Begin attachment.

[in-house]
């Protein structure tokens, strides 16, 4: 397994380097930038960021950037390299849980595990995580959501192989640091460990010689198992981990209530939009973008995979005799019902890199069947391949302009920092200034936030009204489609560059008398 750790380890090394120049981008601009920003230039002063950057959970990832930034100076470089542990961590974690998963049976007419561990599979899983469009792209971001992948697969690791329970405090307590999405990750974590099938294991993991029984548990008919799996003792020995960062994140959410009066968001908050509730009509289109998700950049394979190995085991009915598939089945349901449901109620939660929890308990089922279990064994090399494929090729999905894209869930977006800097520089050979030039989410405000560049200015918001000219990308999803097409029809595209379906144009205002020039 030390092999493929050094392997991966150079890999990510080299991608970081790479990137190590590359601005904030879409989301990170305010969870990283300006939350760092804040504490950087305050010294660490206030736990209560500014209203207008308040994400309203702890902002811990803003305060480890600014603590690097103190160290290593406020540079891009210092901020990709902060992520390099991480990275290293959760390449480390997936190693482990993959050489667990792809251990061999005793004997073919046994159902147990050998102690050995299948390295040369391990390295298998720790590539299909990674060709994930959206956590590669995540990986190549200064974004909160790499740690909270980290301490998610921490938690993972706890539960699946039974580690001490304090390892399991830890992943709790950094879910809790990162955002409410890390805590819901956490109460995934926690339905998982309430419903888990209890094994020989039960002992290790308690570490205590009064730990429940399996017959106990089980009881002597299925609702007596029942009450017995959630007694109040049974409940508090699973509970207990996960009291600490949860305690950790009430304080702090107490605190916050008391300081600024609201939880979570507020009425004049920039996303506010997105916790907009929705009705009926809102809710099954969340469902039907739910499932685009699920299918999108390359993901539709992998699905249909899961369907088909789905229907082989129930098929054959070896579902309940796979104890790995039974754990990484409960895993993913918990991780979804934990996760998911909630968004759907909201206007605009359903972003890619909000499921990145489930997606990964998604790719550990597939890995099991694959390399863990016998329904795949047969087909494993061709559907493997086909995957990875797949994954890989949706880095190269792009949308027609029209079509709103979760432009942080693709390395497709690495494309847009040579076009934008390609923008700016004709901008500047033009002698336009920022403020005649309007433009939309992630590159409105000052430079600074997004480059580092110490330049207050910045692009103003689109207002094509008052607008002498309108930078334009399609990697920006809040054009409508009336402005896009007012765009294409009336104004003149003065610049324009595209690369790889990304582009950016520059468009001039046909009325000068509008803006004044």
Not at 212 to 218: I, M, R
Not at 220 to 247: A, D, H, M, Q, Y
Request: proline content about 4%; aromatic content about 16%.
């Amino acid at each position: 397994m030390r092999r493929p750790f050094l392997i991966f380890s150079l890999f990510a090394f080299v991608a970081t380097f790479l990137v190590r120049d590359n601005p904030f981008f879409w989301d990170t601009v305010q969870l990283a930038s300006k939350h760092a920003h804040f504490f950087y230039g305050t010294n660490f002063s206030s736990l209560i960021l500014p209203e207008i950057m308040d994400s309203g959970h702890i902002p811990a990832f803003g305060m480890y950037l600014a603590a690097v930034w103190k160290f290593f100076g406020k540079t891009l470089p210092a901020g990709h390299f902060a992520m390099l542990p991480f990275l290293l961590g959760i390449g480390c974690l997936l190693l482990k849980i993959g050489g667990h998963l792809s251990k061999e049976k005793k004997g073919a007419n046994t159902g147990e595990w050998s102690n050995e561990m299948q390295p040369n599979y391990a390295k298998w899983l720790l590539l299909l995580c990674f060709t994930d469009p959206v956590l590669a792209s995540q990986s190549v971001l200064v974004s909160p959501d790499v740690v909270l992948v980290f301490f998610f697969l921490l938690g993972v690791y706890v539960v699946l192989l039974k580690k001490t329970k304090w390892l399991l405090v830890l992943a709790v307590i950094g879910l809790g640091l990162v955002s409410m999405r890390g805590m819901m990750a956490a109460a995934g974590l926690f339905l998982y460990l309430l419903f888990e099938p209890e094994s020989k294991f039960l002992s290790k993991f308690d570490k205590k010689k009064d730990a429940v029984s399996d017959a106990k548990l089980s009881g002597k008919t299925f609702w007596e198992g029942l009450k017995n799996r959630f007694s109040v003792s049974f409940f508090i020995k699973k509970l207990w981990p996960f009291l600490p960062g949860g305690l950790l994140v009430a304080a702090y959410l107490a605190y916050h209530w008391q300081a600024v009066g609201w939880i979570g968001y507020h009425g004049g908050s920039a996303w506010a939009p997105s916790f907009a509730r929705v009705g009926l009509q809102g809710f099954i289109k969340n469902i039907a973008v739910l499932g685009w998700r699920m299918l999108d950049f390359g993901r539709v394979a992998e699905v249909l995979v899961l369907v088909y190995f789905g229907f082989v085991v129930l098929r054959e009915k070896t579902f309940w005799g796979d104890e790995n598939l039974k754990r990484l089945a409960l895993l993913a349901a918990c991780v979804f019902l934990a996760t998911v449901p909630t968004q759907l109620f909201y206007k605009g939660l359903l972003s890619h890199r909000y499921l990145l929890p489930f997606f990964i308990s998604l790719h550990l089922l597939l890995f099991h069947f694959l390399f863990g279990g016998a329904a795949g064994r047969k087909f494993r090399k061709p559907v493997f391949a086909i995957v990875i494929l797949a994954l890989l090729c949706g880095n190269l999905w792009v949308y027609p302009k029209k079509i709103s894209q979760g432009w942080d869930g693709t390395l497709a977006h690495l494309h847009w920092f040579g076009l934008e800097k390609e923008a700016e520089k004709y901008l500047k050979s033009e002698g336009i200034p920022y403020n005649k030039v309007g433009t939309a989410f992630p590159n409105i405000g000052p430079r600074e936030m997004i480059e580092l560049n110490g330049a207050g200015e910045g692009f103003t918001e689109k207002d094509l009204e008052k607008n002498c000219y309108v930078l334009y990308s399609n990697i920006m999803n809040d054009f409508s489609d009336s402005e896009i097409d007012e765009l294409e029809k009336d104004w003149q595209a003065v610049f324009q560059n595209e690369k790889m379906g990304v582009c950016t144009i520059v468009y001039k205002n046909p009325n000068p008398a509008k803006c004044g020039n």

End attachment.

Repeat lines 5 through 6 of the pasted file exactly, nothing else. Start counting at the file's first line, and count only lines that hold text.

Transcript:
Request: proline content about 4%; aromatic content about 16%.
């Amino acid at each position: 397994m030390r092999r493929p750790f050094l392997i991966f380890s150079l890999f990510a090394f080299v991608a970081t380097f790479l990137v190590r120049d590359n601005p904030f981008f879409w989301d990170t601009v305010q969870l990283a930038s300006k939350h760092a920003h804040f504490f950087y230039g305050t010294n660490f002063s206030s736990l209560i960021l500014p209203e207008i950057m308040d994400s309203g959970h702890i902002p811990a990832f803003g305060m480890y950037l600014a603590a690097v930034w103190k160290f290593f100076g406020k540079t891009l470089p210092a901020g990709h390299f902060a992520m390099l542990p991480f990275l290293l961590g959760i390449g480390c974690l997936l190693l482990k849980i993959g050489g667990h998963l792809s251990k061999e049976k005793k004997g073919a007419n046994t159902g147990e595990w050998s102690n050995e561990m299948q390295p040369n599979y391990a390295k298998w899983l720790l590539l299909l995580c990674f060709t994930d469009p959206v956590l590669a792209s995540q990986s190549v971001l200064v974004s909160p959501d790499v740690v909270l992948v980290f301490f998610f697969l921490l938690g993972v690791y706890v539960v699946l192989l039974k580690k001490t329970k304090w390892l399991l405090v830890l992943a709790v307590i950094g879910l809790g640091l990162v955002s409410m999405r890390g805590m819901m990750a956490a109460a995934g974590l926690f339905l998982y460990l309430l419903f888990e099938p209890e094994s020989k294991f039960l002992s290790k993991f308690d570490k205590k010689k009064d730990a429940v029984s399996d017959a106990k548990l089980s009881g002597k008919t299925f609702w007596e198992g029942l009450k017995n799996r959630f007694s109040v003792s049974f409940f508090i020995k699973k509970l207990w981990p996960f009291l600490p960062g949860g305690l950790l994140v009430a304080a702090y959410l107490a605190y916050h209530w008391q300081a600024v009066g609201w939880i979570g968001y507020h009425g004049g908050s920039a996303w506010a939009p997105s916790f907009a509730r929705v009705g009926l009509q809102g809710f099954i289109k969340n469902i039907a973008v739910l499932g685009w998700r699920m299918l999108d950049f390359g993901r539709v394979a992998e699905v249909l995979v899961l369907v088909y190995f789905g229907f082989v085991v129930l098929r054959e009915k070896t579902f309940w005799g796979d104890e790995n598939l039974k754990r990484l089945a409960l895993l993913a349901a918990c991780v979804f019902l934990a996760t998911v449901p909630t968004q759907l109620f909201y206007k605009g939660l359903l972003s890619h890199r909000y499921l990145l929890p489930f997606f990964i308990s998604l790719h550990l089922l597939l890995f099991h069947f694959l390399f863990g279990g016998a329904a795949g064994r047969k087909f494993r090399k061709p559907v493997f391949a086909i995957v990875i494929l797949a994954l890989l090729c949706g880095n190269l999905w792009v949308y027609p302009k029209k079509i709103s894209q979760g432009w942080d869930g693709t390395l497709a977006h690495l494309h847009w920092f040579g076009l934008e800097k390609e923008a700016e520089k004709y901008l500047k050979s033009e002698g336009i200034p920022y403020n005649k030039v309007g433009t939309a989410f992630p590159n409105i405000g000052p430079r600074e936030m997004i480059e580092l560049n110490g330049a207050g200015e910045g692009f103003t918001e689109k207002d094509l009204e008052k607008n002498c000219y309108v930078l334009y990308s399609n990697i920006m999803n809040d054009f409508s489609d009336s402005e896009i097409d007012e765009l294409e029809k009336d104004w003149q595209a003065v610049f324009q560059n595209e690369k790889m379906g990304v582009c950016t144009i520059v468009y001039k205002n046909p009325n000068p008398a509008k803006c004044g020039n």